Halloween Love
Horror on Amazon

Want to write for HL? Read here first.

To Stream or Not to Stream? At the Devil’s Door (2014)

At the Devil's DoorLooking at the work-in-progress list of my favorite 2014 horror films, I’ve noticed that many of them share the common trait of taking familiar ideas and injecting fresh life into them. Both The Taking of Deborah Logan and The Babadook, in particular, did just that, and so too does my latest addition to the list.

Written/directed by Nicolas McCarthy (The Pact), At the Devil’s Door was just released onto DVD today, and interestingly enough it is also already available for streaming on Netflix. The film centers on a real estate agent who crosses paths with a mysterious young girl in a home she’s trying to sell, the fateful encounter thrusting her into a decades-spanning web of demonic activity.

Though that’s the general plot of the film, the truth is that At the Devil’s Door is not the sort of movie that can be reduced to a two-sentence logline, which is the beauty of what Nicolas McCarthy has created here. More than any other horror film this year, this one has an organic flow to the point of being completely unpredictable from one scene to the next, going to places that make the back-of-the-box plot seem deceptively simple.

Modern horror films, especially of the paranormal variety, have become so generic and by-the-numbers that it’s quite frankly been easy to review them without even seeing them, and At the Devil’s Door is a breath of fresh air that slaps a brand new coat of paint over that tired formula. Nothing about McCarthy’s script plays by the rules of the genre, or even by the rules of Filmmaking 101, as it admirably hops from one time period to another time period, one main character to another main character.

In less capable hands, this unconventional approach to the story admittedly could’ve been a mess, but McCarthy has proven with At the Devil’s Door that he’s as capable as any filmmaker working within the genre today. James Wan by way of Stanley Kubrick, McCarthy understands exactly what it is that makes a scary movie scary and a good horror movie a good horror movie, and his second film is one of the downright best that 2014 has provided us.

In many ways, At the Devil’s Door is a master class of modern horror, the sort of movie that Hollywood has been trying – and failing – to make for a nauseating number of years now. Aspects of all the recent theatrical horror releases are present in the film, though you’d be hard pressed to find one – at least one directed by anyone other than James Wan – that so effectively hit those nails squarely on their heads.

Despite the familiarity of the villain and of many things going on in it, At the Devil’s Door never for a second feels like anything less than a wholly original effort. From the manner in which it’s told to the way in which it plays out, At the Devil’s Door is one of the most ambitious horror films in recent years, full of more genuine creativity than anything Hollywood could ever dream of churning out. In many ways, it feels like an entire paranormal franchise rolled into one, and McCarthy deserves all the respect in the world for pulling it off.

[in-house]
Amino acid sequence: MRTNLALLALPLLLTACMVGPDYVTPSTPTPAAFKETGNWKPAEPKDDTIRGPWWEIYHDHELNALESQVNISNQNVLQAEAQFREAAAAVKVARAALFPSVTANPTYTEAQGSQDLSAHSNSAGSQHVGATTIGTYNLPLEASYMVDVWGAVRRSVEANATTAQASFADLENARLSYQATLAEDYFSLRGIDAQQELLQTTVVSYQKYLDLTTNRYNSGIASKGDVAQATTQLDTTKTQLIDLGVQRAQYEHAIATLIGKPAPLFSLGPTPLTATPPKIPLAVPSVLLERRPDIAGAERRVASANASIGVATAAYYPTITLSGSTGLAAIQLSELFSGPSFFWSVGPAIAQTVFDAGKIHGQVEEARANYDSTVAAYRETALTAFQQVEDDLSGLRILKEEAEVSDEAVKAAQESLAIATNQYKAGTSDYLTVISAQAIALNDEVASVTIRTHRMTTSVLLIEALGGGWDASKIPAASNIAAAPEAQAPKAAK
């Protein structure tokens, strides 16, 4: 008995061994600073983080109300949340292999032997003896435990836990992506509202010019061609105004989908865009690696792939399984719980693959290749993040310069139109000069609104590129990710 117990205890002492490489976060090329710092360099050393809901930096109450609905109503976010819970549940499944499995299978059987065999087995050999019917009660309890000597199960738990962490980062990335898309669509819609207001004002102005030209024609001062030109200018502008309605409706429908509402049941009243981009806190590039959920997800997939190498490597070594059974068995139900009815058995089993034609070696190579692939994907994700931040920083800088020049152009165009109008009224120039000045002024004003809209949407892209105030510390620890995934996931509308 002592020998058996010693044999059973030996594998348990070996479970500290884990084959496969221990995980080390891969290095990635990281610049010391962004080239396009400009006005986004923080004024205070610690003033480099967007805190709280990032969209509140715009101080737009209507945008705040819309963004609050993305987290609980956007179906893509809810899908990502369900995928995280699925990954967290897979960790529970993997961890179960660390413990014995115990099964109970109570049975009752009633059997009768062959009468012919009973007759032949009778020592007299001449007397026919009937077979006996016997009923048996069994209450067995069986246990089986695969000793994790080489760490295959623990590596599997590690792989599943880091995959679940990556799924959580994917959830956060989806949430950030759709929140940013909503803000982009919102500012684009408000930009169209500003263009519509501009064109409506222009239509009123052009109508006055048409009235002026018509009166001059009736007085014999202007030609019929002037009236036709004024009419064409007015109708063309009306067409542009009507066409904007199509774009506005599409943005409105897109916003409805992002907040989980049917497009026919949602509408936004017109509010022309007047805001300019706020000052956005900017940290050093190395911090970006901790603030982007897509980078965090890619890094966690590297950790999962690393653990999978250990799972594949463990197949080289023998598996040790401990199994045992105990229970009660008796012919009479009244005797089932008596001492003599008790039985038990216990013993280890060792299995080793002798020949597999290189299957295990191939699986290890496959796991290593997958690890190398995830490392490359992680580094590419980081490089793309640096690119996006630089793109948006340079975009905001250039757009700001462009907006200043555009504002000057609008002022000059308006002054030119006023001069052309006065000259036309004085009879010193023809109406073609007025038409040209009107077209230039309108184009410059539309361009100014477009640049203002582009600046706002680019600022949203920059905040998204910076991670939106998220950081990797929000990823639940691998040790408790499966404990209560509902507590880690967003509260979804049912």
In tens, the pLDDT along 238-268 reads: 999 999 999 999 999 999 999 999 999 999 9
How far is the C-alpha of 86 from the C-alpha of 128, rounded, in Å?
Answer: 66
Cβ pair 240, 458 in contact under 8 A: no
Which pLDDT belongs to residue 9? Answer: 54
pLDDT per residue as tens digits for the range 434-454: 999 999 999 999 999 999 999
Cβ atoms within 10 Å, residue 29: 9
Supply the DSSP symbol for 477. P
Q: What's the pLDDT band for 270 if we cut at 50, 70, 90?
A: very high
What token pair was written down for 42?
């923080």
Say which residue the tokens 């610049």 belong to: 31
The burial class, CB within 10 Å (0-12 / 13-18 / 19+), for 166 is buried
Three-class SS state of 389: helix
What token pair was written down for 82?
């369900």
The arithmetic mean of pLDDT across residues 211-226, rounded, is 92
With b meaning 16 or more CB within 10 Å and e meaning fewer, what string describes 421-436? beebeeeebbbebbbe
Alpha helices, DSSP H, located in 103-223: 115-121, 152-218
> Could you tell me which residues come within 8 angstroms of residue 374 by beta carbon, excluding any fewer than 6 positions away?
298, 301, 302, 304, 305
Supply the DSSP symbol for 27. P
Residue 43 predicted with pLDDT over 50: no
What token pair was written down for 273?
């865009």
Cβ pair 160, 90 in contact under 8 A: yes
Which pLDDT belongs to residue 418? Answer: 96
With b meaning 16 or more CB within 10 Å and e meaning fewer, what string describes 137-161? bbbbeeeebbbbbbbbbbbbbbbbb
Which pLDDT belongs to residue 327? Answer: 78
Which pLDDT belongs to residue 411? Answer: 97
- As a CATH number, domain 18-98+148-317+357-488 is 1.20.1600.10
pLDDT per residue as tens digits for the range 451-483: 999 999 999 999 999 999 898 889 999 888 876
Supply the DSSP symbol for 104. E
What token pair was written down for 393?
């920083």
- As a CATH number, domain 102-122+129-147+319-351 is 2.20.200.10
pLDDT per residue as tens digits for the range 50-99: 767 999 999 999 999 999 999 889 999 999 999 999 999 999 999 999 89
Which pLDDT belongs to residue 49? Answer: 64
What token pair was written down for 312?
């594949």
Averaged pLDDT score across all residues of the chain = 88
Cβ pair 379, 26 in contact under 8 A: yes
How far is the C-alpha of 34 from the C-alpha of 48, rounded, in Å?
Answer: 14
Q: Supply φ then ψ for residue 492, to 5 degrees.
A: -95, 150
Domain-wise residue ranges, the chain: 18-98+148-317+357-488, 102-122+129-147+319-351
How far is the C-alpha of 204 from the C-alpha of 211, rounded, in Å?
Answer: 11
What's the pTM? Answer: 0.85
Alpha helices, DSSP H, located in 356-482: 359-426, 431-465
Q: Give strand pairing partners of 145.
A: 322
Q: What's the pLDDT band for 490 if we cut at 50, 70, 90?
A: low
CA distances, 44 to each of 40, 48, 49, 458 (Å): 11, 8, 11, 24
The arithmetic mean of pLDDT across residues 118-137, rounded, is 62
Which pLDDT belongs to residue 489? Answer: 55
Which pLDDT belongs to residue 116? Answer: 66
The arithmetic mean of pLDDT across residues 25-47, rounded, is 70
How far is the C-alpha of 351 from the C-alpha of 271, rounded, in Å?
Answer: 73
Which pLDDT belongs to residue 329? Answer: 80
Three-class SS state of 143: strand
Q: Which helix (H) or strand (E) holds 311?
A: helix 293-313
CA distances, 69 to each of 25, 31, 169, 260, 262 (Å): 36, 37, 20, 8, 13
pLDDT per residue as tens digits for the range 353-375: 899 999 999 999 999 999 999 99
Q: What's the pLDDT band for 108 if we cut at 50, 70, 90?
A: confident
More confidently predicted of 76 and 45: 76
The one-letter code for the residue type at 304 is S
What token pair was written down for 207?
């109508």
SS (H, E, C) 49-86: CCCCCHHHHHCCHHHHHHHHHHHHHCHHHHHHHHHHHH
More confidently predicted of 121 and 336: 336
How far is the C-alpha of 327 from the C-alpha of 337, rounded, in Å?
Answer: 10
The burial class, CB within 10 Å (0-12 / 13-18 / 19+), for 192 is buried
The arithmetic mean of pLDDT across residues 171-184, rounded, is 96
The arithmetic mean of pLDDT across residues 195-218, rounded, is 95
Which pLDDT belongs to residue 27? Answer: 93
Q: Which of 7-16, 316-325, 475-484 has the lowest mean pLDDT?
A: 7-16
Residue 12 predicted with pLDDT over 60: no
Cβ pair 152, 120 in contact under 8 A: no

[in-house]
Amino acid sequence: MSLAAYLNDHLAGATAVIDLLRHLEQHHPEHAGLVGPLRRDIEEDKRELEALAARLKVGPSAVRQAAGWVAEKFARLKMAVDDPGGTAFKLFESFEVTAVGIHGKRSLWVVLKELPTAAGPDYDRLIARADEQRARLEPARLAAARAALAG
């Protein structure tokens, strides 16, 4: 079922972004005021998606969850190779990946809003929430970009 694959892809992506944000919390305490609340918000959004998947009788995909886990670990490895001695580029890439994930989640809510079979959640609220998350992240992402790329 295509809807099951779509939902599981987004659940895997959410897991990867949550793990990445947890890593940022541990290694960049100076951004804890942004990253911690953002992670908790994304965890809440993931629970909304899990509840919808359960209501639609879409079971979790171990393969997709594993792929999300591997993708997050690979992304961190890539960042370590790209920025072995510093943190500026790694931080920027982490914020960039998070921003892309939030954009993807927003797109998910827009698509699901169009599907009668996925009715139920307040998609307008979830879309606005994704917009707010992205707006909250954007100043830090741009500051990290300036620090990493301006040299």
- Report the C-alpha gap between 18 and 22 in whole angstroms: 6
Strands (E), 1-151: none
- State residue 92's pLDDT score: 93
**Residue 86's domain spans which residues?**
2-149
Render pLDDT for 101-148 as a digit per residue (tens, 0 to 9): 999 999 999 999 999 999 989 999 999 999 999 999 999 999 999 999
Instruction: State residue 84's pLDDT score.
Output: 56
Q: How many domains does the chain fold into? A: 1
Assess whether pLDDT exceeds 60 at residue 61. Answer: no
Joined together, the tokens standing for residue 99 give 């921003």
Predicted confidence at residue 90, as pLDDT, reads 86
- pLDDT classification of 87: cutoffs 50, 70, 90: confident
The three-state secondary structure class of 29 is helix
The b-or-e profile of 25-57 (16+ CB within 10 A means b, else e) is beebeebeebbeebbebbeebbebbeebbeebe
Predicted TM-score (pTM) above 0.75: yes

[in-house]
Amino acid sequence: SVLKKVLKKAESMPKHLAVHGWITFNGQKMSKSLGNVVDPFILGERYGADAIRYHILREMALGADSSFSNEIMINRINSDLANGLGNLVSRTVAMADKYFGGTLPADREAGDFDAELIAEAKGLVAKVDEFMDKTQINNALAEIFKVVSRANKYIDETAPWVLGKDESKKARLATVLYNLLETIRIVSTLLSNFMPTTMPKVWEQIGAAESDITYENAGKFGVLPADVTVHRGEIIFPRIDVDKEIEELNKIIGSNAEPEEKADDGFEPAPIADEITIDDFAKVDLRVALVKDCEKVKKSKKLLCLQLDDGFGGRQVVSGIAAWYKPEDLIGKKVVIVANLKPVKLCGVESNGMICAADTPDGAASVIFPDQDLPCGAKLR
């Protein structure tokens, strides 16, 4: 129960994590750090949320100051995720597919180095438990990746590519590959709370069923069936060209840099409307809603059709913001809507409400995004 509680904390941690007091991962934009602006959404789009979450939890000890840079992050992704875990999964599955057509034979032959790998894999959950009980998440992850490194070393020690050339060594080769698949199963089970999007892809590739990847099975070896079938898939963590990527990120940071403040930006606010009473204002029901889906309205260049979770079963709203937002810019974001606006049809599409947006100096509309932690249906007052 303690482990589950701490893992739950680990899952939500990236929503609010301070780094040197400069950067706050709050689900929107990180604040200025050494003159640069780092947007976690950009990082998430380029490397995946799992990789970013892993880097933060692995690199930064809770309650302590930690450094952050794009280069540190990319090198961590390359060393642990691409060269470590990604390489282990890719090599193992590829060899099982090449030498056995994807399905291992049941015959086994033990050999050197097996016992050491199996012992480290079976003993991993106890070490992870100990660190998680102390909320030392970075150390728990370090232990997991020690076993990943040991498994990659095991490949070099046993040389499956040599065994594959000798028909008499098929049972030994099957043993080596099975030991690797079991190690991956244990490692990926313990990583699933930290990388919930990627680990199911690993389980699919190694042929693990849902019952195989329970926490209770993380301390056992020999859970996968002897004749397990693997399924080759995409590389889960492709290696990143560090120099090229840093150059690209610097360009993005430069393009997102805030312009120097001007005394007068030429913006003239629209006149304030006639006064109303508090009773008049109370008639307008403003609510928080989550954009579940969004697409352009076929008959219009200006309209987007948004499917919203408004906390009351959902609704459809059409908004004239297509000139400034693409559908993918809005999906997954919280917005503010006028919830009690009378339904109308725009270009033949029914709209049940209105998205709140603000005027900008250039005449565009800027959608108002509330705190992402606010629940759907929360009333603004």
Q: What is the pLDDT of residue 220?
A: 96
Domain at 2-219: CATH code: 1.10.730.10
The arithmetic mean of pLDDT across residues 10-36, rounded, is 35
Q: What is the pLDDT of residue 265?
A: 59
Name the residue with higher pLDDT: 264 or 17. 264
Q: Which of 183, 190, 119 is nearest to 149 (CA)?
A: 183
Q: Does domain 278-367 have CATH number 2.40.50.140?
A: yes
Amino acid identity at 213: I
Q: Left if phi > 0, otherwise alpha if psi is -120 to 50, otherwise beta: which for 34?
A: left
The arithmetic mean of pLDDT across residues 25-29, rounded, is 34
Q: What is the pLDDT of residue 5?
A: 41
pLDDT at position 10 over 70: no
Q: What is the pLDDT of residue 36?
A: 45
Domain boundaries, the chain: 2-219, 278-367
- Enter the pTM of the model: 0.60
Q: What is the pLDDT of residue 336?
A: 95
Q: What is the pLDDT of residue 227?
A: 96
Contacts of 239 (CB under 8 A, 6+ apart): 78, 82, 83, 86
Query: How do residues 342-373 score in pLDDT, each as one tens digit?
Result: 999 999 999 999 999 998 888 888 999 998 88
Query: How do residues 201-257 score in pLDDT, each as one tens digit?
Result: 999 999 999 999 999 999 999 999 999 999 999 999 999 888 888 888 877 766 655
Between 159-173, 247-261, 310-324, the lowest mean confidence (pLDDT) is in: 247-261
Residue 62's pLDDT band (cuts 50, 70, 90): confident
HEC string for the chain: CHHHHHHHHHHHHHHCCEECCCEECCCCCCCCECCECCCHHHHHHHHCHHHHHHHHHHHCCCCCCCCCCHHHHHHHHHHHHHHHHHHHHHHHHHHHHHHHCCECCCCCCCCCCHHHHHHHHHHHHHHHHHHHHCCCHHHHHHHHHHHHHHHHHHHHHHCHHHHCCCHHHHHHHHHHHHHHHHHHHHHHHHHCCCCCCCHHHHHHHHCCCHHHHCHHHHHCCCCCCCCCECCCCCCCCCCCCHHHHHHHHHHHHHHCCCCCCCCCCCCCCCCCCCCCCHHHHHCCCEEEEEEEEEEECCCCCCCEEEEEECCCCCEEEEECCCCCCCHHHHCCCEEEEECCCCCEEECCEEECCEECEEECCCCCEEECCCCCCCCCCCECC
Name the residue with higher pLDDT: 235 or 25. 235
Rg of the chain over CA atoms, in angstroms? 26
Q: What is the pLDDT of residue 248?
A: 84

It would be criminal to heap praise on the back of At the Devil’s Door and not make mention of the three female leads, played by Ashley Rickards, Naya Rivera and Catalina Sandino Moreno. All three are fantastic in their respective roles, their performances making the characters feel less like movie characters and more like ordinary, and wholly relatable, human beings. McCarthy’s script must also be credited for that, though words on the page are nothing without someone effectively delivering them.

On the terror scale, At the Devil’s Door is pretty damn scary, giving this year’s The Taking of Deborah Logan a run for its money. It’s scary in the way that the best horror movies are scary, getting under your skin rather than jolting you awake with quick moments. Slow, quiet and in no rush to get to any one plot development, the film is both thick with atmosphere and genuinely unsettling, McCarthy milking optimum terror out of lingering shots and barely-seen frights.

A traditional horror story told in anything but a traditional way, At the Devil’s Door is one of the most engrossing and impressive horror films of 2014, cementing Nicolas McCarthy’s status as a filmmaking voice worth listening to. This is the horror genre at its finest, the sort of film that carves out a little home in your subconscious and will likely nest out in there for a long time to come.

Stream this one. Immediately.

Support Halloween Love

If an item was discussed in this article that you intend on buying or renting, you can help support Halloween Love and its writers by purchasing through our links:

(Not seeing any relevant products? Start your search on Amazon through us.)
The following two tabs change content below.
If you don't get enough of me here on Halloween Love, you can also find me on Dread Central, iHorror and Shock Till You Drop. Contact me via john@halloweenlove.com.
  • Jason Wells

    Gave this a watch tonight because of your review. Glad I did, as it is probably one of the best horror movies I’ve seen in the last 5 years. I really enjoyed the slow-burn aspect of it, and the unpredictabilty. A very well done movie, with a great script and well done directing and acting. Proof that horror can be quite terrifying, and you don’t need gore and jump scares (even though there is nothing wrong with them, in my opinion) to make a good horror film in this day and age.

  • Jason Wells

    Also, glad I went into the movie blind. I watched the trailer afterwards, and it gives a little too much away. I would’ve been anticipating things, and that takes away from movies for me.